Wake, in itself, provides great connections and a powerful education for your resume. Most students have success finding a career or grad opportunity after graduating. My class is just a unique case (darn you COVID-19).
Wake is indeed a party school as stated on several posts here. Wake has parties maybe 4-5 days a week at lounges, frat houses, and a club a few miles away called Last Resort. I wouldn’t consider myself a party person. I went to Last Resort maybe 4 or 5 times during my entire undergrad. Also went to maybe 2-3 frat parties to see what they’re like. I think Last Resort is a place to visit for all students at least once during their time at school because it doesn’t have that stuffy frat basement atmosphere and is a good chance to see what going out is really like. If you enjoy a spontaneous social life, Wake’s parties would definitely fit the definition of a crazy college party. If you aren’t a party person, that’s totally ok. There’s still a large portion of students who prefer hanging out with friends at their dorms. My friends and I would often just play video games in one of our rooms or we’d have a nice dinner over at Reynolda Village (highly recommend visiting, walkable distance from campus). Student union, the library, and other orgs also host events on weekends like movie nights, fairs, game tournaments, etc. There’s also a biennial extravaganza called President’s Ball that’s often something people look forward to (the next would be not this school year but the year after).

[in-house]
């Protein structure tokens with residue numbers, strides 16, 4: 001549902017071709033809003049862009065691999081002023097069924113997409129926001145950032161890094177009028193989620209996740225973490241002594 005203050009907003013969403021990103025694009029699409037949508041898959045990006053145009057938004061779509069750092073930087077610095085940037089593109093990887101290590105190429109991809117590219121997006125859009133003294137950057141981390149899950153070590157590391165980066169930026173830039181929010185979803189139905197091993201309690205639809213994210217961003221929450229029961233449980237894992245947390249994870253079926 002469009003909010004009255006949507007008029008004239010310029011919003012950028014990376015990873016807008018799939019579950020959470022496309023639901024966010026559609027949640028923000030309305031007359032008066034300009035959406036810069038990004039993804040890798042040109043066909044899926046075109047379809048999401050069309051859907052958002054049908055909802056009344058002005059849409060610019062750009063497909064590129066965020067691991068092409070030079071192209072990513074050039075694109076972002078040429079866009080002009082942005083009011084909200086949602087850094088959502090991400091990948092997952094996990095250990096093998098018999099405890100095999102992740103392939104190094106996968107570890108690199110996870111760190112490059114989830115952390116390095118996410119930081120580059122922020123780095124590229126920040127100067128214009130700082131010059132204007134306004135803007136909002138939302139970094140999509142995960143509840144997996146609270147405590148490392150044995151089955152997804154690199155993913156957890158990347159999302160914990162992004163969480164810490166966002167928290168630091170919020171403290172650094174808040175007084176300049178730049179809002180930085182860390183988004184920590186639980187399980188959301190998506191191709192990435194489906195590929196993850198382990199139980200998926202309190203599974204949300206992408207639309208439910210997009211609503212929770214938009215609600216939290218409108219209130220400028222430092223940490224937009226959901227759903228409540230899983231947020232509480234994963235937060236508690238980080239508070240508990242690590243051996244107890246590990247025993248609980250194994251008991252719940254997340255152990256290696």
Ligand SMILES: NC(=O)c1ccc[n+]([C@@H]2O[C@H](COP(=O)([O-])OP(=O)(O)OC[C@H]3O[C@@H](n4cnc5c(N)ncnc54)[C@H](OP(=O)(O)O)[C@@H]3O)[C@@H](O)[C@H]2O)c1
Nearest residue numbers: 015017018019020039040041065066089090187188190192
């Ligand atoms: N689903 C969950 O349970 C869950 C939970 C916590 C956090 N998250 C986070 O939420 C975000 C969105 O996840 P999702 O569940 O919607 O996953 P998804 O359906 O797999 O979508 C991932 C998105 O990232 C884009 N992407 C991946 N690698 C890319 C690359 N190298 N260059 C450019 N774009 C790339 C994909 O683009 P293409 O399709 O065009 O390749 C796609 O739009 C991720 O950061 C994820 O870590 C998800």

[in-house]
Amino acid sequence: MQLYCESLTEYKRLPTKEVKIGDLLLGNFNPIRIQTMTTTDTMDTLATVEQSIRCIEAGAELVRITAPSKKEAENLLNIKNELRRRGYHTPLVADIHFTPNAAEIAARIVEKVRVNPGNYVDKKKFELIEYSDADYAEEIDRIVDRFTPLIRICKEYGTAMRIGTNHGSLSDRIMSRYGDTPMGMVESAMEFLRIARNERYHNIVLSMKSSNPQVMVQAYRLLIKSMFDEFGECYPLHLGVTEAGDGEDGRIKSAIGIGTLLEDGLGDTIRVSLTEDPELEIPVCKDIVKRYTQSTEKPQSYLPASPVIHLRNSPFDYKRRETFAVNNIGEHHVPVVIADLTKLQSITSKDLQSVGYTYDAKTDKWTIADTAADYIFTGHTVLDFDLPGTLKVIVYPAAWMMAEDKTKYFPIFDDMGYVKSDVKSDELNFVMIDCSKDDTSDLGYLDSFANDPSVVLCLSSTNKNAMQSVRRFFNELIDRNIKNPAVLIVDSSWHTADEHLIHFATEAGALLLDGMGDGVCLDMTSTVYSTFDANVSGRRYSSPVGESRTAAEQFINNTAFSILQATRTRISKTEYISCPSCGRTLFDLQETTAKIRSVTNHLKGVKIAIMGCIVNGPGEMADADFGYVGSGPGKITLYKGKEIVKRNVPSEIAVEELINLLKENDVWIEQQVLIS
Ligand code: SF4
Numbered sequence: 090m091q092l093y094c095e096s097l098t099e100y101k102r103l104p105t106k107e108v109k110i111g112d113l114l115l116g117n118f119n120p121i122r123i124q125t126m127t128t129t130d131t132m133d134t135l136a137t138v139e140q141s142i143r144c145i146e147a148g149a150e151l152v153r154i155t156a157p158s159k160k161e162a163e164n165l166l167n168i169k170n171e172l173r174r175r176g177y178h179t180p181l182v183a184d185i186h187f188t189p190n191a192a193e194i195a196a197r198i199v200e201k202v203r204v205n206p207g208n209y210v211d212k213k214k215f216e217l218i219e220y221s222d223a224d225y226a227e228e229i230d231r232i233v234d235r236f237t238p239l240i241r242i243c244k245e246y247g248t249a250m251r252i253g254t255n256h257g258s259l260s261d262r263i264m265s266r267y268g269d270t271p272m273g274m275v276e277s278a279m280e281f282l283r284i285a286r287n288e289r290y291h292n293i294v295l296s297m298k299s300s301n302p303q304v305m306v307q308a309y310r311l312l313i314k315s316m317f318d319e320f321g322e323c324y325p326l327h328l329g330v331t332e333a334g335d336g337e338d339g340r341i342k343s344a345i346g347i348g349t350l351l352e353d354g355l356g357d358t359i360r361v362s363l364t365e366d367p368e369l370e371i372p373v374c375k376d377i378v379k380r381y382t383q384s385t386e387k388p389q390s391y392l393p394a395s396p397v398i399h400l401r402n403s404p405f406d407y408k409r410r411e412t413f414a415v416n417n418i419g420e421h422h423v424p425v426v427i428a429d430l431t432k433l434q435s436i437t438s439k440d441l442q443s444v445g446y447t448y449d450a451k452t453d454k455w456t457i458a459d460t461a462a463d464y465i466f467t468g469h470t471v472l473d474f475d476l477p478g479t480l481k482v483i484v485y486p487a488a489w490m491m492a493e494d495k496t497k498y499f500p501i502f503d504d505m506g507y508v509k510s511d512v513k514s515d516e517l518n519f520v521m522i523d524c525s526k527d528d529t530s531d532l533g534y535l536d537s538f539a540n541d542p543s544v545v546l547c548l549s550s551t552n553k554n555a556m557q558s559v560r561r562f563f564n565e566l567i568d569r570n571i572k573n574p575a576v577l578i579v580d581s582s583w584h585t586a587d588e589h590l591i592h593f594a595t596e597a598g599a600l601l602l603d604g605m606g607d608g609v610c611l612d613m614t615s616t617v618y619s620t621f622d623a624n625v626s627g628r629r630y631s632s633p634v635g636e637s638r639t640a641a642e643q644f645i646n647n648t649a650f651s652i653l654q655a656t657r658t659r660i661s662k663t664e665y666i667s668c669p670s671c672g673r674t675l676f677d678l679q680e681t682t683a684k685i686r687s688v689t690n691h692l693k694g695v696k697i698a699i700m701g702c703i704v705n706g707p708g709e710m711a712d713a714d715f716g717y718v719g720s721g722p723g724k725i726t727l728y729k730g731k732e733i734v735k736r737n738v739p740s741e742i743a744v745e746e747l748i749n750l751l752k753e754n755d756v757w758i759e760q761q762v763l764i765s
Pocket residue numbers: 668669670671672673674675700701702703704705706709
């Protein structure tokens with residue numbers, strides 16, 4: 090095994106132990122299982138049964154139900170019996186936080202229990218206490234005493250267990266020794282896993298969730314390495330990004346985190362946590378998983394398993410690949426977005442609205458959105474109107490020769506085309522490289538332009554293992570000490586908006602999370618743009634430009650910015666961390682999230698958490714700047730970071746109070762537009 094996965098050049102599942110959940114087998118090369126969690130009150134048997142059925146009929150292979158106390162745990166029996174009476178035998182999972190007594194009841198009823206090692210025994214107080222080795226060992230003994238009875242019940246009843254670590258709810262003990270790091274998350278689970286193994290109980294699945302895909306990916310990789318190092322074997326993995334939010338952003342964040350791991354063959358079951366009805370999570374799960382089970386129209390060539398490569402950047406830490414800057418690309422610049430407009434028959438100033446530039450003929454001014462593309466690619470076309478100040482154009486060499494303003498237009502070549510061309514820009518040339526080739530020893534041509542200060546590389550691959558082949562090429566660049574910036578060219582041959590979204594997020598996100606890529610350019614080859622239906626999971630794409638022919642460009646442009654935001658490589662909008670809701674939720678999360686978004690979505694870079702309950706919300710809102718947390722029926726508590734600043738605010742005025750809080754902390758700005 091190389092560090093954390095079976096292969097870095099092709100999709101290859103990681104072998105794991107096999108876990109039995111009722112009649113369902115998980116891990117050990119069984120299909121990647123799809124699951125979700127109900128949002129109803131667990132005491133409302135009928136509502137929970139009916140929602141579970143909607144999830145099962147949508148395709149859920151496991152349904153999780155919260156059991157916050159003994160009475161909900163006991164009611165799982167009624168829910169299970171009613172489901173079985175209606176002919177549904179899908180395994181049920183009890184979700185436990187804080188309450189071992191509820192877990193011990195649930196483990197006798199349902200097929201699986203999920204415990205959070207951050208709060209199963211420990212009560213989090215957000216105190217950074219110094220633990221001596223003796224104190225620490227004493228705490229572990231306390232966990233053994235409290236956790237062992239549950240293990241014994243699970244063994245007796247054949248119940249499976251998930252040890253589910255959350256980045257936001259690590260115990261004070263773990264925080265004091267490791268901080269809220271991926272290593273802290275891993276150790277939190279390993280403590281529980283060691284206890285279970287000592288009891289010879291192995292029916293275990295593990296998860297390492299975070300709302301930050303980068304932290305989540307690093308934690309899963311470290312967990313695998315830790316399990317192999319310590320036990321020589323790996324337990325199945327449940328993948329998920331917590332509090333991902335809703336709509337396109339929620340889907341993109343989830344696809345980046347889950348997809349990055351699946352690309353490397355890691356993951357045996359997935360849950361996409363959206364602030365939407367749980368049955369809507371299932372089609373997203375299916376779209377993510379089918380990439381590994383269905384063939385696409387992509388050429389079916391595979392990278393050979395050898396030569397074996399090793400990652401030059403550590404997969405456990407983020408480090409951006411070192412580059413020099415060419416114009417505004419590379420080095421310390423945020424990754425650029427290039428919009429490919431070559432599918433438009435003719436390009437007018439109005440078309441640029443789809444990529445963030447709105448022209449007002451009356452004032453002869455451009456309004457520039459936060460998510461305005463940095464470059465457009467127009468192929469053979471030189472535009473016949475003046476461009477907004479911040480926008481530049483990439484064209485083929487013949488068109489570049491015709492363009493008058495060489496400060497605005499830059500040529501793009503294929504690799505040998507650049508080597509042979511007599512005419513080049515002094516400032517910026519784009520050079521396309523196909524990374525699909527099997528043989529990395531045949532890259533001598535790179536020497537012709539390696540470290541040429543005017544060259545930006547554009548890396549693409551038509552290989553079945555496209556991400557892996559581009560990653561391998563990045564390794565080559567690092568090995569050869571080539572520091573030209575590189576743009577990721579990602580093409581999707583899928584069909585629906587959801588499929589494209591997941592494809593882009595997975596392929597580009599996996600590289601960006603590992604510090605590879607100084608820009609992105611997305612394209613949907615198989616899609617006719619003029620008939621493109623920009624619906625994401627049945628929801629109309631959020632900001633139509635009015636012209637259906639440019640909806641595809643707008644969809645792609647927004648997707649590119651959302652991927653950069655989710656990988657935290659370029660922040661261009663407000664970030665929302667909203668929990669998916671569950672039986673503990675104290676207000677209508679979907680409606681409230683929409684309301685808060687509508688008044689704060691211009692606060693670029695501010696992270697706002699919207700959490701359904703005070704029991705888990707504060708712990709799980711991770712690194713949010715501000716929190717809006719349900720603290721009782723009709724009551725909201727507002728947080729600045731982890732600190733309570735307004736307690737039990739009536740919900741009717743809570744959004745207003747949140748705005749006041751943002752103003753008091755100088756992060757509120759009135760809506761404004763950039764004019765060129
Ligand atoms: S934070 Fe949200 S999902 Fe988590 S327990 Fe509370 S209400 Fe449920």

My closest friends did not participate in greek life. Some of them felt isolated due to the heavy influence greek life had on the student body. I felt a bit of that influence especially due to a lacking of female friends. Junior year, I joined a very small multicultural sorority that isn’t a part of the panhel council (the big-name sororities). Because of its small size, the relationships felt a lot more genuine. Several of the girls in that sorority were a part of the larger panhel ones and dropped due to a lot of forced relationships and annoying obligations. That being said, I also had a few friends who really enjoyed being a part of larger sororities and fraternities because it provided connections while also giving some necessary distraction to our heavy workload.